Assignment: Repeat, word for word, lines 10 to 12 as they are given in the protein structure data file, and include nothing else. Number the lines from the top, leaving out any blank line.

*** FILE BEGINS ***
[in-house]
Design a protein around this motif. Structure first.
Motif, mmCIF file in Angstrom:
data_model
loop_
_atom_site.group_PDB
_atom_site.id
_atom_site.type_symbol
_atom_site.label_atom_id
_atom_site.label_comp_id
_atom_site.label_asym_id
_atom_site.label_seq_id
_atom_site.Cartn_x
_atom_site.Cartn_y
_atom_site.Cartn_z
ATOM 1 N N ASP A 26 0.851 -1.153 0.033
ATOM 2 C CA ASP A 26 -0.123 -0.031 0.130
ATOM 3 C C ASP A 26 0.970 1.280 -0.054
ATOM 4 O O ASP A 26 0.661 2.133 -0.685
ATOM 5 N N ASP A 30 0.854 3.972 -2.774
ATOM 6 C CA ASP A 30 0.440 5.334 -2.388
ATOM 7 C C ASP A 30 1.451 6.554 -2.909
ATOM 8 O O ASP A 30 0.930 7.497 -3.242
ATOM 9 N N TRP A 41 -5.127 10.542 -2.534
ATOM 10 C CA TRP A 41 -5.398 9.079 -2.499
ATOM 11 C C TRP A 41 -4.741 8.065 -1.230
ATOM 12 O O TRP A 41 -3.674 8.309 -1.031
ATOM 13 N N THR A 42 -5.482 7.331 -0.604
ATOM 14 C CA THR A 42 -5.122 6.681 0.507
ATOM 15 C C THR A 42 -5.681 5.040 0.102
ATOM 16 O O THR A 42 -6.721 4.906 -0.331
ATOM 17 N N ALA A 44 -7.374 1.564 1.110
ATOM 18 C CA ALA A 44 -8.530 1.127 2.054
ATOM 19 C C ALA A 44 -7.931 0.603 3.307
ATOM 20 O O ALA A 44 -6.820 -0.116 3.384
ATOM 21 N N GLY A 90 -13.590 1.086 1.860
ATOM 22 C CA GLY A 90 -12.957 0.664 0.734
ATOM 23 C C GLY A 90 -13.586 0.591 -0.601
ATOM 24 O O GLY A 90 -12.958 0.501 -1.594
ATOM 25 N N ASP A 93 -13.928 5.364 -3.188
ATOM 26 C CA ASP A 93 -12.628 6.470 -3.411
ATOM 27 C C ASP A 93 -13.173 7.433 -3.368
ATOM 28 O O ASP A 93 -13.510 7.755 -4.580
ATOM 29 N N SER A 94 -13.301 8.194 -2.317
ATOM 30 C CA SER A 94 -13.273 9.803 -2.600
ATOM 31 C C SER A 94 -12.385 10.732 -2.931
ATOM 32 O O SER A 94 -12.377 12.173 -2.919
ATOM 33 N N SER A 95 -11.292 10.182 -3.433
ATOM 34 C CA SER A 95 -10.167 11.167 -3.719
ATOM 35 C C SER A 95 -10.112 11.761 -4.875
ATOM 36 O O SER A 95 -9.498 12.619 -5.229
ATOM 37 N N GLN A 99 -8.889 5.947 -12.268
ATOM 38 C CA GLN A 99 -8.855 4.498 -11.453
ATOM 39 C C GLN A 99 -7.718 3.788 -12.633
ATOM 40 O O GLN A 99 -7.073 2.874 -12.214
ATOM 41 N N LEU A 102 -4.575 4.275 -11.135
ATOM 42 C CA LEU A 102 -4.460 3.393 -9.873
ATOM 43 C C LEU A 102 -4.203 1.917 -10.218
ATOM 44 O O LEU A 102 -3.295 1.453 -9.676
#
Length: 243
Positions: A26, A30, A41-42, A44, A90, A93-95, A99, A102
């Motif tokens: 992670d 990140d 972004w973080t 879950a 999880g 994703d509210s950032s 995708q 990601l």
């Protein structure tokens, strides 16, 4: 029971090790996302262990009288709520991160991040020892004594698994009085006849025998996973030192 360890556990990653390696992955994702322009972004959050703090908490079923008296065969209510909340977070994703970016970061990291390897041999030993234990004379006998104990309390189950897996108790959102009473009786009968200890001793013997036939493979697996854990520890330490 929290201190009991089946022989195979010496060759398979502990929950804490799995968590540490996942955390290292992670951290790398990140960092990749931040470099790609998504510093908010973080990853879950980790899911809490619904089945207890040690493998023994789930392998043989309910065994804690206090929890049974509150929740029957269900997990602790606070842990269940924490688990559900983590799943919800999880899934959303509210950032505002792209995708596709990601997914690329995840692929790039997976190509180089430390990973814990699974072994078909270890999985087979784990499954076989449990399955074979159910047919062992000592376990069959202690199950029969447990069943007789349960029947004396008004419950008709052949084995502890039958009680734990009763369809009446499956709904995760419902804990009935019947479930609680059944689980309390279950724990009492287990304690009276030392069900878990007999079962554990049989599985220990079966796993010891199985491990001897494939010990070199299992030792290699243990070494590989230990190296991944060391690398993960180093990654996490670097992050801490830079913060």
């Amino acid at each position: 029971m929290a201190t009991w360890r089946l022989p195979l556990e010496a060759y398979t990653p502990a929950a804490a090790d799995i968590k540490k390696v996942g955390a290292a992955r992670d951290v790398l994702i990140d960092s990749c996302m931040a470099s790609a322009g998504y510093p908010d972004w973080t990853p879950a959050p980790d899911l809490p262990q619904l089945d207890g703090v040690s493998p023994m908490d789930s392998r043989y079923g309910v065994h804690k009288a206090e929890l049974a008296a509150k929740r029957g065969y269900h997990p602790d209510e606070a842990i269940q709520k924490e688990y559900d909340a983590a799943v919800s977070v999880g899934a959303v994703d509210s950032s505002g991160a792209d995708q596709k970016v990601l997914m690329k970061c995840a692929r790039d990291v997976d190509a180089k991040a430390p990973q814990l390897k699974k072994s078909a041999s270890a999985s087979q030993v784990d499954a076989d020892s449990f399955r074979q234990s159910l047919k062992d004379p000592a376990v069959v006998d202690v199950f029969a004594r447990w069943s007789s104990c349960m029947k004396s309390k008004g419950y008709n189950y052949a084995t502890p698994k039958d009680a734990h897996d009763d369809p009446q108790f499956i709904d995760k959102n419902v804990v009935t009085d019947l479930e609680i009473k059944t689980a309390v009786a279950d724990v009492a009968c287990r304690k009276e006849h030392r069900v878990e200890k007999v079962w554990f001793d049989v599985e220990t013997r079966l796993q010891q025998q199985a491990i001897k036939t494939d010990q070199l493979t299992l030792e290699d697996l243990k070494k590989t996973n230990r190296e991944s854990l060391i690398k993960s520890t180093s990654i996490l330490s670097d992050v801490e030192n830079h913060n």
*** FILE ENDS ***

_atom_site.label_comp_id
_atom_site.label_asym_id
_atom_site.label_seq_id